While cellar spiders are beneficial in controlling other harmful insects and spiders like cloth moths, flies, mosquitoes, black widow spiders and hobo spiders, their webs can be difficult to tolerate, especially if spiders make you squirm. Contact your local Truly Nolen office for advice about cellar spider control and elimination. Ask about our Four Seasons approach to pest control that covers sweeping spider web prone areas each season to encourage cellar spiders to set up shop elsewhere besides your home. Truly Nolen’s IPM (Integrated Pest Management) system treats your exterior perimeter with materials that form a barrier to your yard and home.
In addition to consulting with your local Truly Nolen location for cellar spider control advice, there are some things you can do on your own to help control cellar spiders.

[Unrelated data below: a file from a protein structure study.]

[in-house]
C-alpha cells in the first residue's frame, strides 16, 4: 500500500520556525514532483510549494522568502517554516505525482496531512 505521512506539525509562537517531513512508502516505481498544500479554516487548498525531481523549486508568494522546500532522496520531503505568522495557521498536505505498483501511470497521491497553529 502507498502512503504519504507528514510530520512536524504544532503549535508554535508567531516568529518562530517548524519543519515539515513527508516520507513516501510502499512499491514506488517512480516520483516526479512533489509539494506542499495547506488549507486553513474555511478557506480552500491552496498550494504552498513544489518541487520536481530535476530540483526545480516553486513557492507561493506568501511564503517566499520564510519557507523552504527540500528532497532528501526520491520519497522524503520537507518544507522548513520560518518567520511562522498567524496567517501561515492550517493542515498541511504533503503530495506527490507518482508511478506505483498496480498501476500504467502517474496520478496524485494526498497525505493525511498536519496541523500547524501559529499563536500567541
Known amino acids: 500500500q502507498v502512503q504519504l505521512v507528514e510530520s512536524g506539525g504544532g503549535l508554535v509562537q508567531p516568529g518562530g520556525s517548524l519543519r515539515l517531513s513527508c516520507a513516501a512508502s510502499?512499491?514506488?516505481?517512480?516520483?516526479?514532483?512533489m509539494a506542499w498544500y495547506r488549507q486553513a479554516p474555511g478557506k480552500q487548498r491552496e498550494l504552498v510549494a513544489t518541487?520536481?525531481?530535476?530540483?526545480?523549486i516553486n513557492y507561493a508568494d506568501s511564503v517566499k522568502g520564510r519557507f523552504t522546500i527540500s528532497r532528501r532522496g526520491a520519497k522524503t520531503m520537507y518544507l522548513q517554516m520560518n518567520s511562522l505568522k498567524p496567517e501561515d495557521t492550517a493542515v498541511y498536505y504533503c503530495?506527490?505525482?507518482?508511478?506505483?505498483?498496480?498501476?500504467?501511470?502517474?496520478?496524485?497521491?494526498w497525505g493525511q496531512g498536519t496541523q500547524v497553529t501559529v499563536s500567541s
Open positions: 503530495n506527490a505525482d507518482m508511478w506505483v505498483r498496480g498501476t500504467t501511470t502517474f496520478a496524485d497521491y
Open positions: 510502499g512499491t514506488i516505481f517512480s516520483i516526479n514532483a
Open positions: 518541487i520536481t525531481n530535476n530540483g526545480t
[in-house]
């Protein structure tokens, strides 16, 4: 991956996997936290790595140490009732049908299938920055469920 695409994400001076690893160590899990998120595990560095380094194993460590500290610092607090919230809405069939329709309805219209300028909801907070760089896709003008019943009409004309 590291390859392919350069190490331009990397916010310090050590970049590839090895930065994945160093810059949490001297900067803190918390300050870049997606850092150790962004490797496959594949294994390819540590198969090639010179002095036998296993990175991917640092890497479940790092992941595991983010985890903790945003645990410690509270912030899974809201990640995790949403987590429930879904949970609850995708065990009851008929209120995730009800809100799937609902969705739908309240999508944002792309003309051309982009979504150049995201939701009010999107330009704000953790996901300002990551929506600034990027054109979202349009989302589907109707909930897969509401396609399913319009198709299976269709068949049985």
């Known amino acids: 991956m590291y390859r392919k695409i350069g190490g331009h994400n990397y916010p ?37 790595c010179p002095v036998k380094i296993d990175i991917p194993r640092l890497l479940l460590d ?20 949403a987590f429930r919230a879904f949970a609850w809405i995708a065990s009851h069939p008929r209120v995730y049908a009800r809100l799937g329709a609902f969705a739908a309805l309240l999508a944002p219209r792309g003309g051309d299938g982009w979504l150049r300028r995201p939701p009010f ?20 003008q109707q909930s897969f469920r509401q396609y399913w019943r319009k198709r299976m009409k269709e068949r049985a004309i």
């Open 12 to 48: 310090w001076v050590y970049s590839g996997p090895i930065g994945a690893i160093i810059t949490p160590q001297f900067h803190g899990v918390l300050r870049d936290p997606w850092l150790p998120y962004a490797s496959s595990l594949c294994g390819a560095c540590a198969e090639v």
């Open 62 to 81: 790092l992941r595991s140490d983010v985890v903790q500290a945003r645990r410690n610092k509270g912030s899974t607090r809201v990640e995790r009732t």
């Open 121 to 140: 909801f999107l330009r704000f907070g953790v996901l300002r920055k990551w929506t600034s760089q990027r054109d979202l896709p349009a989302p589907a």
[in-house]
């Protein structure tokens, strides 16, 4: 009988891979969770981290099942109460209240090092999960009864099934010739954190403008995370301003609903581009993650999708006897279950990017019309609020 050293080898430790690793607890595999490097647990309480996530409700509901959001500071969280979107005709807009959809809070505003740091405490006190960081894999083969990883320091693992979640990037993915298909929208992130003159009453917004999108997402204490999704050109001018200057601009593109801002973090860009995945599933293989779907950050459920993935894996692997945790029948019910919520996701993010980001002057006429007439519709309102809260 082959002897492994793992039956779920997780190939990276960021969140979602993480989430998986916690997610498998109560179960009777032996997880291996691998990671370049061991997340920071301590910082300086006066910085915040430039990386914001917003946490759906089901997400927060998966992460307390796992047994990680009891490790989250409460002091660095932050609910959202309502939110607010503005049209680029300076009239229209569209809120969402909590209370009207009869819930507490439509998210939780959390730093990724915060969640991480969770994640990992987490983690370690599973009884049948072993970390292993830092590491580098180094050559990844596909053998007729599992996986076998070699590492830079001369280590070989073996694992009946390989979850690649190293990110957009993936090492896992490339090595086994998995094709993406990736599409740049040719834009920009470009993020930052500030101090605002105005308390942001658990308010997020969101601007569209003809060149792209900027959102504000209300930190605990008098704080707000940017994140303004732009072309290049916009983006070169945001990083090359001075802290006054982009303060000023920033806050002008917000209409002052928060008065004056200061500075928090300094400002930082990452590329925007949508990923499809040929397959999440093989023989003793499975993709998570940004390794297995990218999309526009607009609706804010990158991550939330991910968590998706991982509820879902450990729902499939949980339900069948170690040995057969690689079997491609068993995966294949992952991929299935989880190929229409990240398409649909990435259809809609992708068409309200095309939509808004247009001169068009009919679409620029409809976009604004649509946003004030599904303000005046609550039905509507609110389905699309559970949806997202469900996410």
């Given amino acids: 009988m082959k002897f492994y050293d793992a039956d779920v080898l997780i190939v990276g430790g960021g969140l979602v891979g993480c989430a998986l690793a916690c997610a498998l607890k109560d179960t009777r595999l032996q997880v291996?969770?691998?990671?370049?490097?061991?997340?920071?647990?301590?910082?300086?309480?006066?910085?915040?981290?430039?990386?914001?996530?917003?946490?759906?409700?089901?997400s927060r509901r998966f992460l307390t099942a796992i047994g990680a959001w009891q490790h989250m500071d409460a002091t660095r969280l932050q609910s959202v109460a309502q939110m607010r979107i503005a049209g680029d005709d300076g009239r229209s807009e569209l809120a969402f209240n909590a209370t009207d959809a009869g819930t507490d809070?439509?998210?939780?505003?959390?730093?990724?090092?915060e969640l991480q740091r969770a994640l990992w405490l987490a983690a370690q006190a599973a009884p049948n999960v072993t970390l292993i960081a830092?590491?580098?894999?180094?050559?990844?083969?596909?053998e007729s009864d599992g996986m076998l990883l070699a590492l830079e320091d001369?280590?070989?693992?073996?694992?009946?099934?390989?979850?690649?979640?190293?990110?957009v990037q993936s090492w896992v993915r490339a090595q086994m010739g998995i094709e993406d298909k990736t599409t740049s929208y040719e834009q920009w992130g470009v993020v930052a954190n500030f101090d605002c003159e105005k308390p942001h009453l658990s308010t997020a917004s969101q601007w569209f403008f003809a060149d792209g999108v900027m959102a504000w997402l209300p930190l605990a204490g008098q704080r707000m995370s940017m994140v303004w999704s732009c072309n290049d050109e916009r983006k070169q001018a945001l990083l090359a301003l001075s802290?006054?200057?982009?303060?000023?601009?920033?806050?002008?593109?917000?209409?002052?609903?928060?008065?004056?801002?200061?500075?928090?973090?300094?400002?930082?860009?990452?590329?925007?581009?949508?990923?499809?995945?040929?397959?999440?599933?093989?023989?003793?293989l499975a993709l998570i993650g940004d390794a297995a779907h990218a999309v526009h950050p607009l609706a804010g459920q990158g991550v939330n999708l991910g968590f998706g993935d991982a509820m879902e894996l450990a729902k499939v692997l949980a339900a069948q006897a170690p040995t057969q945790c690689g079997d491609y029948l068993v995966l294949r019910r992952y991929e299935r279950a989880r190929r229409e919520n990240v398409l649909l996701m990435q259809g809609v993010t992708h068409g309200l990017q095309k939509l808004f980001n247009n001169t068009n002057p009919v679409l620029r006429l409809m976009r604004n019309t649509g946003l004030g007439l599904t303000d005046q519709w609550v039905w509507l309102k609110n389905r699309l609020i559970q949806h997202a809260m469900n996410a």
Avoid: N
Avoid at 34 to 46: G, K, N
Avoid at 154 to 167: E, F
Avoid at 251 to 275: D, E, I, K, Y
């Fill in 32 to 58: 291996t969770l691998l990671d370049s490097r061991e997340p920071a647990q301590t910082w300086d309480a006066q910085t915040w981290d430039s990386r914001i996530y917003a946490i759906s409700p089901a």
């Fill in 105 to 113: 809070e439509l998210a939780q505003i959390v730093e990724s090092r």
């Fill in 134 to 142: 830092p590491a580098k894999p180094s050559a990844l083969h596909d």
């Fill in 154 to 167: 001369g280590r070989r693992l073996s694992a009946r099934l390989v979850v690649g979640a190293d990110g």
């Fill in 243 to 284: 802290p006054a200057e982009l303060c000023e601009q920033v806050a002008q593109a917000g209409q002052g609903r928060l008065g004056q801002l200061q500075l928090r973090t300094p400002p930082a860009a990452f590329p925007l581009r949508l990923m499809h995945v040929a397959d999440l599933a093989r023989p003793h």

Remove cellar spider webs eggs and spiders with a broom or a vacuum as soon as you notice them. Cellar spiders can’t eat their webs, like a lot of spiders can to recycle their silk, so their silk supply is limited. Removing their webs encourages cellar spiders to move on to a more productive place.
Limit cellar spiders’ food sources, by using pet and people friendly insect prevention and control measures.
Reduce the humidity in your home or business by using dehumidifiers and making sure there is proper ventilation.
Seal all cracks and crevices around doors, windows and other entry points in your foundation to exclude pests from entering your home.
With Halloween just around the corner, its time for larger-than-life creepy, crawly creatures skittering across lawns, lurking in dark alleyways and dropping out of nowhere to frighten their hapless victims.
North Carolina is home to dozens of species of spiders. While most species of spiders are relatively harmless, two poisonous species are common in the Tar Heel state, the black widow and the brown recluse spider.